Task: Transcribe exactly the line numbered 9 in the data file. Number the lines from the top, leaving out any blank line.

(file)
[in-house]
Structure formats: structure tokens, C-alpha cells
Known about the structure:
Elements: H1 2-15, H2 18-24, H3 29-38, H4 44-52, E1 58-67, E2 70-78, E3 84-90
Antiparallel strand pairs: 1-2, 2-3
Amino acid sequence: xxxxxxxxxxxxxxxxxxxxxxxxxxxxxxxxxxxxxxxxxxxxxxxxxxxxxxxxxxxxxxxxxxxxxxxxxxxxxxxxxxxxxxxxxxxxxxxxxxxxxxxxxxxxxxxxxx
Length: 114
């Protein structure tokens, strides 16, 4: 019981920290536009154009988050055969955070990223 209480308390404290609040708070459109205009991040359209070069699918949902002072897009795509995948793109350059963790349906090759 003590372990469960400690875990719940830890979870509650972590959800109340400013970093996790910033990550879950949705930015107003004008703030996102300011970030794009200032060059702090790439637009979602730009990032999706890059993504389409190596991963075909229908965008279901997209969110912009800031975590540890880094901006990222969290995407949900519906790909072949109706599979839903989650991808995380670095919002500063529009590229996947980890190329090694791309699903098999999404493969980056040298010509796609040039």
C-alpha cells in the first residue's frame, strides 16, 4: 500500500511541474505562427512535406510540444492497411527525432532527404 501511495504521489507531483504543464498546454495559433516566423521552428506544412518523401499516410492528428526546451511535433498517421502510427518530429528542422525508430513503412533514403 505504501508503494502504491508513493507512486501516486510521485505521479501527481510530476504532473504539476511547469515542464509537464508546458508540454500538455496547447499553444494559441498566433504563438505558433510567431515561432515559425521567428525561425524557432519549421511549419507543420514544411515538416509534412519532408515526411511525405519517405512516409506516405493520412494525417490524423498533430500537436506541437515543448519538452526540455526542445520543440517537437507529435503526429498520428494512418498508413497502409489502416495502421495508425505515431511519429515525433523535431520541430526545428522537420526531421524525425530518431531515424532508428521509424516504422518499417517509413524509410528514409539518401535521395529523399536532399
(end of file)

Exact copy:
C-alpha cells in the first residue's frame, strides 16, 4: 500500500511541474505562427512535406510540444492497411527525432532527404 501511495504521489507531483504543464498546454495559433516566423521552428506544412518523401499516410492528428526546451511535433498517421502510427518530429528542422525508430513503412533514403 505504501508503494502504491508513493507512486501516486510521485505521479501527481510530476504532473504539476511547469515542464509537464508546458508540454500538455496547447499553444494559441498566433504563438505558433510567431515561432515559425521567428525561425524557432519549421511549419507543420514544411515538416509534412519532408515526411511525405519517405512516409506516405493520412494525417490524423498533430500537436506541437515543448519538452526540455526542445520543440517537437507529435503526429498520428494512418498508413497502409489502416495502421495508425505515431511519429515525433523535431520541430526545428522537420526531421524525425530518431531515424532508428521509424516504422518499417517509413524509410528514409539518401535521395529523399536532399